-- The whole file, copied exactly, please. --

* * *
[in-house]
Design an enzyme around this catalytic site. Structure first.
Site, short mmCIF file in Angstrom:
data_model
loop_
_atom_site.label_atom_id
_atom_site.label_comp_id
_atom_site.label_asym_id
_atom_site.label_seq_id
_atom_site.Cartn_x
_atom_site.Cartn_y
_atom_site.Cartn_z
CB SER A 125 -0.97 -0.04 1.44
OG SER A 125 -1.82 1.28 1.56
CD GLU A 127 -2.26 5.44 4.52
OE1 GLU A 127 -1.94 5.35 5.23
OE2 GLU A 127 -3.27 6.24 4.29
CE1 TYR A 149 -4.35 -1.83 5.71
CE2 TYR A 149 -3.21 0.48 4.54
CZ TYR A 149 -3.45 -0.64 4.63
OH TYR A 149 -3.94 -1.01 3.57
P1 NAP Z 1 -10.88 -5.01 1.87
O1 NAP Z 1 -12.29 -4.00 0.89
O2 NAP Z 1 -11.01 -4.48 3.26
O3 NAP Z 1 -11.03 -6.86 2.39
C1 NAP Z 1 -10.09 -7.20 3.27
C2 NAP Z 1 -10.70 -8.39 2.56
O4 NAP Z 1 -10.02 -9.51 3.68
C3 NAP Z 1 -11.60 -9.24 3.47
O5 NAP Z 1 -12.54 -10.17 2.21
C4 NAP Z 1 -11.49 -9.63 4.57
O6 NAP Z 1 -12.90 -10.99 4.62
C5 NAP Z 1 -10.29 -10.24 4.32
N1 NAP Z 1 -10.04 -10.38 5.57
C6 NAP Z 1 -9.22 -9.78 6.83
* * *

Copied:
[in-house]
Design an enzyme around this catalytic site. Structure first.
Site, short mmCIF file in Angstrom:
data_model
loop_
_atom_site.label_atom_id
_atom_site.label_comp_id
_atom_site.label_asym_id
_atom_site.label_seq_id
_atom_site.Cartn_x
_atom_site.Cartn_y
_atom_site.Cartn_z
CB SER A 125 -0.97 -0.04 1.44
OG SER A 125 -1.82 1.28 1.56
CD GLU A 127 -2.26 5.44 4.52
OE1 GLU A 127 -1.94 5.35 5.23
OE2 GLU A 127 -3.27 6.24 4.29
CE1 TYR A 149 -4.35 -1.83 5.71
CE2 TYR A 149 -3.21 0.48 4.54
CZ TYR A 149 -3.45 -0.64 4.63
OH TYR A 149 -3.94 -1.01 3.57
P1 NAP Z 1 -10.88 -5.01 1.87
O1 NAP Z 1 -12.29 -4.00 0.89
O2 NAP Z 1 -11.01 -4.48 3.26
O3 NAP Z 1 -11.03 -6.86 2.39
C1 NAP Z 1 -10.09 -7.20 3.27
C2 NAP Z 1 -10.70 -8.39 2.56
O4 NAP Z 1 -10.02 -9.51 3.68
C3 NAP Z 1 -11.60 -9.24 3.47
O5 NAP Z 1 -12.54 -10.17 2.21
C4 NAP Z 1 -11.49 -9.63 4.57
O6 NAP Z 1 -12.90 -10.99 4.62
C5 NAP Z 1 -10.29 -10.24 4.32
N1 NAP Z 1 -10.04 -10.38 5.57
C6 NAP Z 1 -9.22 -9.78 6.83